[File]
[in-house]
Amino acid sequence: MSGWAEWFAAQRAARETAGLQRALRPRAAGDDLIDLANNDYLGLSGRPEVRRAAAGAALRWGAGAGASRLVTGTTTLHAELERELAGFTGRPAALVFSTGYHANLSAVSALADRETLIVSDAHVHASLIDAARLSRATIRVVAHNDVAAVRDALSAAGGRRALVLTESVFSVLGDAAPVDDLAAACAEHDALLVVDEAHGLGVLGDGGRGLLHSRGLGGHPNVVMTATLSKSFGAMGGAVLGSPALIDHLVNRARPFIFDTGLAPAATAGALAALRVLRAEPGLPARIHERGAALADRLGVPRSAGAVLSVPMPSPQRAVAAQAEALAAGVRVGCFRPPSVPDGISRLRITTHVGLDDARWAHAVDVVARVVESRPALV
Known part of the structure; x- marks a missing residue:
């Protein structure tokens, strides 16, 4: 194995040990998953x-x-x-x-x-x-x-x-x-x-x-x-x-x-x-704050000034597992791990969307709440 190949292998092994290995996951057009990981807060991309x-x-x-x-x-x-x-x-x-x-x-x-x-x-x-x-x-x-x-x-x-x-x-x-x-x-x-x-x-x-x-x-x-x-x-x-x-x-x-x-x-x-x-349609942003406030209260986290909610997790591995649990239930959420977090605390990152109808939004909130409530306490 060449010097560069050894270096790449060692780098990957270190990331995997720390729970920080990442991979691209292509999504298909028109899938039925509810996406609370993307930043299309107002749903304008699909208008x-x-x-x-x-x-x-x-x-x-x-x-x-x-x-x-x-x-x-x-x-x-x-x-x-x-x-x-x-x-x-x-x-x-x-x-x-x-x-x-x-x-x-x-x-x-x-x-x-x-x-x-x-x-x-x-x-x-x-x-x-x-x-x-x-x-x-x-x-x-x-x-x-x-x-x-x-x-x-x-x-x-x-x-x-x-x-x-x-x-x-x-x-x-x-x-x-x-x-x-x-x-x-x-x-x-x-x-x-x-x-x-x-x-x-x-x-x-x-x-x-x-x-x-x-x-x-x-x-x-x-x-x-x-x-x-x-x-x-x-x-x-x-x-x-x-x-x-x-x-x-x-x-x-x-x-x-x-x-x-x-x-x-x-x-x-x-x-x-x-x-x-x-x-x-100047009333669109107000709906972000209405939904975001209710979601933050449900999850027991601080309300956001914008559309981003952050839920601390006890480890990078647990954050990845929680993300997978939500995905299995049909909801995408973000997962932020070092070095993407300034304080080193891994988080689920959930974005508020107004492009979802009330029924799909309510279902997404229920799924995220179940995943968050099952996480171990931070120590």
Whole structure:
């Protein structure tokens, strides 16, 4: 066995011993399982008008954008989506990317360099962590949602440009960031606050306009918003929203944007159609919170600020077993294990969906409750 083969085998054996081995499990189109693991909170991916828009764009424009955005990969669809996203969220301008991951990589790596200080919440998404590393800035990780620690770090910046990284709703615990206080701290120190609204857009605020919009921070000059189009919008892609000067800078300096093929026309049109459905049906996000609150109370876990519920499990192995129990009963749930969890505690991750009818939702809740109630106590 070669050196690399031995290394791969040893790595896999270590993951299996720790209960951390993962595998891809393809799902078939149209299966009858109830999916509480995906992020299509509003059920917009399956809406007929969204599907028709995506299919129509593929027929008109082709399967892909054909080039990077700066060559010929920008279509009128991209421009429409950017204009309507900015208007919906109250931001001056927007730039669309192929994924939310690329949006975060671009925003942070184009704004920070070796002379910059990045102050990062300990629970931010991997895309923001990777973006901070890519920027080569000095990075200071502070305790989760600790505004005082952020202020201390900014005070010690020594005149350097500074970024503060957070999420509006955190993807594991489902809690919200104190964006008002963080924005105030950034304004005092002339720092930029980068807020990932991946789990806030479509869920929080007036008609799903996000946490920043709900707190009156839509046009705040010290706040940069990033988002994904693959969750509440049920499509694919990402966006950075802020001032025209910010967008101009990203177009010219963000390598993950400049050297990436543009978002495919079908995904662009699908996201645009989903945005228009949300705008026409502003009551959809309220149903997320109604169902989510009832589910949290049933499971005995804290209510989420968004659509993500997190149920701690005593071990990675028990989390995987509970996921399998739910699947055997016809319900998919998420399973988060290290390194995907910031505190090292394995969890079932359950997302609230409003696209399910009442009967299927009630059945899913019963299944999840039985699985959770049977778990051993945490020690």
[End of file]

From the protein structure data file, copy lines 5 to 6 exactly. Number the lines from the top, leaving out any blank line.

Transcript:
Whole structure:
């Protein structure tokens, strides 16, 4: 066995011993399982008008954008989506990317360099962590949602440009960031606050306009918003929203944007159609919170600020077993294990969906409750 083969085998054996081995499990189109693991909170991916828009764009424009955005990969669809996203969220301008991951990589790596200080919440998404590393800035990780620690770090910046990284709703615990206080701290120190609204857009605020919009921070000059189009919008892609000067800078300096093929026309049109459905049906996000609150109370876990519920499990192995129990009963749930969890505690991750009818939702809740109630106590 070669050196690399031995290394791969040893790595896999270590993951299996720790209960951390993962595998891809393809799902078939149209299966009858109830999916509480995906992020299509509003059920917009399956809406007929969204599907028709995506299919129509593929027929008109082709399967892909054909080039990077700066060559010929920008279509009128991209421009429409950017204009309507900015208007919906109250931001001056927007730039669309192929994924939310690329949006975060671009925003942070184009704004920070070796002379910059990045102050990062300990629970931010991997895309923001990777973006901070890519920027080569000095990075200071502070305790989760600790505004005082952020202020201390900014005070010690020594005149350097500074970024503060957070999420509006955190993807594991489902809690919200104190964006008002963080924005105030950034304004005092002339720092930029980068807020990932991946789990806030479509869920929080007036008609799903996000946490920043709900707190009156839509046009705040010290706040940069990033988002994904693959969750509440049920499509694919990402966006950075802020001032025209910010967008101009990203177009010219963000390598993950400049050297990436543009978002495919079908995904662009699908996201645009989903945005228009949300705008026409502003009551959809309220149903997320109604169902989510009832589910949290049933499971005995804290209510989420968004659509993500997190149920701690005593071990990675028990989390995987509970996921399998739910699947055997016809319900998919998420399973988060290290390194995907910031505190090292394995969890079932359950997302609230409003696209399910009442009967299927009630059945899913019963299944999840039985699985959770049977778990051993945490020690």